Video gaming: Helpful to your child's brain? New study says yes – The Cincinnati Enquirer

Imagine your kid is playing a video game. Now think about how hard it can be to get them to answer you when you ask a question.
Frustrated? Worried? That’s what a lot of parents feel. But scientists say that video gaming may be helpful to your child’s brain.
A newly released study found that children who played video games three or more hours a day show higher cognitive brain activity and are better at cognitive skills involving impulse control and working memory when compared with kids who never played them. Different genres of games, from shooter to sandbox to puzzle games may yield different skills, scientists said, cautioning that more research needs to be done. Even so, the study is the largest of its kind, assessing associations between video gaming and cognitive and brain function, and it’s showing positive consequences from gaming.
The National Institute on Drug Abuse reported on the study on Oct. 24 after it appeared in JAMA Network Open. Scientists at the University of Vermont analyzed survey responses and cognitive and brain imaging data of more than 2,000 children in October 2019 and 2020. The kids already were involved in the nation’s largest long-term study of child brain development and health in the United States, called the ABCD or Adolescent Brain Cognitive Development study, sponsored by the National Institutes on Health. Children who took part in the video gaming research were 9 to 10 years old, and they’ll be revisited for more evaluation when they’re older.
“While we cannot say whether playing video games regularly caused superior neurocognitive performance, it is an encouraging finding, and one that we must continue to investigate in these children as they transition into adolescence and young adulthood,” said Bader Chaarani, Ph.D., assistant professor of psychiatry at the University of Vermont and the lead author on the study. “Many parents today are concerned about the effects of video games on their children’s health and development, and as these games continue to proliferate among young people, it is crucial that we better understand both the positive and negative impact that such games may have.”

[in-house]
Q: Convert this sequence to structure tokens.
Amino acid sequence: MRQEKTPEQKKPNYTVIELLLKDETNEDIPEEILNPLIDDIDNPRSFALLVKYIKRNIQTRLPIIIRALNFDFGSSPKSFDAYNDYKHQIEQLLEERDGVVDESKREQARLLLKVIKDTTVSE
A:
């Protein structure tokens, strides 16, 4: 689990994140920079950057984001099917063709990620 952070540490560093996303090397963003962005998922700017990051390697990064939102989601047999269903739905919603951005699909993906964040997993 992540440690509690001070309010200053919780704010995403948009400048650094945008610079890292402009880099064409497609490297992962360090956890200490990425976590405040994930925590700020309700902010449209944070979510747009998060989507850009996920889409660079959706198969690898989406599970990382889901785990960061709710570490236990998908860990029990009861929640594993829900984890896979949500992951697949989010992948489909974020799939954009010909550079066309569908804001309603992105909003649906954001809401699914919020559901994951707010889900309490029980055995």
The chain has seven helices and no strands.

Dr. Nora Volkow, director of the National Institute on Drug Abuse, said the research looks good.
“It does show that (for) these children who are playing video games for long periods of time, it’s acting like an exercise,” Volkow said in an interview with The Enquirer.
Specifically, the researchers found that the children who reported playing video games for 21 hours a week were faster and more accurate on cognitive tasks than those who never played. The scientists also analyzed functional MRI brain imaging for each child and found that the gamers showed higher brain activity in regions of the brain associated with attention and memory than did the kids who never played. They also had more brain activity in the frontal brain regions, which are associated with more cognitively demanding tasks and less brain activity in regions related to vision. That means that in kids who play video games a lot, this area of the brain may become more efficient at visual processing, experts said.